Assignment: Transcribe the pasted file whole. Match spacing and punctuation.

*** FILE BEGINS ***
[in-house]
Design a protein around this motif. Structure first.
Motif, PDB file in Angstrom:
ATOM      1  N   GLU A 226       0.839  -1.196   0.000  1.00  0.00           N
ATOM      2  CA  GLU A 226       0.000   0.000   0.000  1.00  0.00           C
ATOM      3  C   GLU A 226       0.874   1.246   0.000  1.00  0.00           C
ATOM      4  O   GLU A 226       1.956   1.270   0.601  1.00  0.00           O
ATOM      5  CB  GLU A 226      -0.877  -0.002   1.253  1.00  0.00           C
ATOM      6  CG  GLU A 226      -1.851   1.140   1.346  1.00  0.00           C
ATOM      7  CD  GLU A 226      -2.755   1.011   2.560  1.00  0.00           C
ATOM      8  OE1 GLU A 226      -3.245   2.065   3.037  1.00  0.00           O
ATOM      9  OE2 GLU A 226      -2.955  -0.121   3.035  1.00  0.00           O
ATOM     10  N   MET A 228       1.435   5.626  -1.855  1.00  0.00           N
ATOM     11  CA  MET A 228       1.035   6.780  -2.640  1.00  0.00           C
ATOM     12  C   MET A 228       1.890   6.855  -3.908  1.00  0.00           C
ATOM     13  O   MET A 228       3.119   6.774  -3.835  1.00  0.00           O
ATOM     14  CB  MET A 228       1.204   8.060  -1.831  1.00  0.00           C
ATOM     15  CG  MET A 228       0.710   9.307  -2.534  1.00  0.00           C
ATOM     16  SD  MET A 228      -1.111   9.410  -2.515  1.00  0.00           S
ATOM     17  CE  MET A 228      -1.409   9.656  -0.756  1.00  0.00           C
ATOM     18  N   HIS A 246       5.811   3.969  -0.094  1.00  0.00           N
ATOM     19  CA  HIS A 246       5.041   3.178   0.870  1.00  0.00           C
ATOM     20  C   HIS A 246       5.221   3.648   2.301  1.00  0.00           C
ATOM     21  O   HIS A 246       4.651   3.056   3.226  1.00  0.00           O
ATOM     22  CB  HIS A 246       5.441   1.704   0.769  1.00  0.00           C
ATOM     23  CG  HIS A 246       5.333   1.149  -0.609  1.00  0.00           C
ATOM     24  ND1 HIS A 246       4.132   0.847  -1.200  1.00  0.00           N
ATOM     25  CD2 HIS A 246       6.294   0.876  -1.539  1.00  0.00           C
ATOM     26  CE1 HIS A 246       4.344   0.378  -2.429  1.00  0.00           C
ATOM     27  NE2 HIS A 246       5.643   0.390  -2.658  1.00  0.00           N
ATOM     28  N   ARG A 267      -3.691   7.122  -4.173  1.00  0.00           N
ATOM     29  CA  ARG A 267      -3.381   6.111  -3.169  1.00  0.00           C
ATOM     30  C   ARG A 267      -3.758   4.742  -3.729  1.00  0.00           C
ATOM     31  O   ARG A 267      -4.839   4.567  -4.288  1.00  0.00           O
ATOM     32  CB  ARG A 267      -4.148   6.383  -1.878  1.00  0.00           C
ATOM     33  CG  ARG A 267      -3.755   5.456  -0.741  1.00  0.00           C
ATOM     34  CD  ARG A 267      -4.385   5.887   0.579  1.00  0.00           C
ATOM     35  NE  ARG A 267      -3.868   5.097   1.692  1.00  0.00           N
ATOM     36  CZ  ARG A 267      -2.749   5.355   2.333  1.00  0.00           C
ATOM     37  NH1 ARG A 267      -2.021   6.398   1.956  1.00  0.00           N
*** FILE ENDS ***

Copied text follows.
[in-house]
Design a protein around this motif. Structure first.
Motif, PDB file in Angstrom:
ATOM      1  N   GLU A 226       0.839  -1.196   0.000  1.00  0.00           N
ATOM      2  CA  GLU A 226       0.000   0.000   0.000  1.00  0.00           C
ATOM      3  C   GLU A 226       0.874   1.246   0.000  1.00  0.00           C
ATOM      4  O   GLU A 226       1.956   1.270   0.601  1.00  0.00           O
ATOM      5  CB  GLU A 226      -0.877  -0.002   1.253  1.00  0.00           C
ATOM      6  CG  GLU A 226      -1.851   1.140   1.346  1.00  0.00           C
ATOM      7  CD  GLU A 226      -2.755   1.011   2.560  1.00  0.00           C
ATOM      8  OE1 GLU A 226      -3.245   2.065   3.037  1.00  0.00           O
ATOM      9  OE2 GLU A 226      -2.955  -0.121   3.035  1.00  0.00           O
ATOM     10  N   MET A 228       1.435   5.626  -1.855  1.00  0.00           N
ATOM     11  CA  MET A 228       1.035   6.780  -2.640  1.00  0.00           C
ATOM     12  C   MET A 228       1.890   6.855  -3.908  1.00  0.00           C
ATOM     13  O   MET A 228       3.119   6.774  -3.835  1.00  0.00           O
ATOM     14  CB  MET A 228       1.204   8.060  -1.831  1.00  0.00           C
ATOM     15  CG  MET A 228       0.710   9.307  -2.534  1.00  0.00           C
ATOM     16  SD  MET A 228      -1.111   9.410  -2.515  1.00  0.00           S
ATOM     17  CE  MET A 228      -1.409   9.656  -0.756  1.00  0.00           C
ATOM     18  N   HIS A 246       5.811   3.969  -0.094  1.00  0.00           N
ATOM     19  CA  HIS A 246       5.041   3.178   0.870  1.00  0.00           C
ATOM     20  C   HIS A 246       5.221   3.648   2.301  1.00  0.00           C
ATOM     21  O   HIS A 246       4.651   3.056   3.226  1.00  0.00           O
ATOM     22  CB  HIS A 246       5.441   1.704   0.769  1.00  0.00           C
ATOM     23  CG  HIS A 246       5.333   1.149  -0.609  1.00  0.00           C
ATOM     24  ND1 HIS A 246       4.132   0.847  -1.200  1.00  0.00           N
ATOM     25  CD2 HIS A 246       6.294   0.876  -1.539  1.00  0.00           C
ATOM     26  CE1 HIS A 246       4.344   0.378  -2.429  1.00  0.00           C
ATOM     27  NE2 HIS A 246       5.643   0.390  -2.658  1.00  0.00           N
ATOM     28  N   ARG A 267      -3.691   7.122  -4.173  1.00  0.00           N
ATOM     29  CA  ARG A 267      -3.381   6.111  -3.169  1.00  0.00           C
ATOM     30  C   ARG A 267      -3.758   4.742  -3.729  1.00  0.00           C
ATOM     31  O   ARG A 267      -4.839   4.567  -4.288  1.00  0.00           O
ATOM     32  CB  ARG A 267      -4.148   6.383  -1.878  1.00  0.00           C
ATOM     33  CG  ARG A 267      -3.755   5.456  -0.741  1.00  0.00           C
ATOM     34  CD  ARG A 267      -4.385   5.887   0.579  1.00  0.00           C
ATOM     35  NE  ARG A 267      -3.868   5.097   1.692  1.00  0.00           N
ATOM     36  CZ  ARG A 267      -2.749   5.355   2.333  1.00  0.00           C
ATOM     37  NH1 ARG A 267      -2.021   6.398   1.956  1.00  0.00           N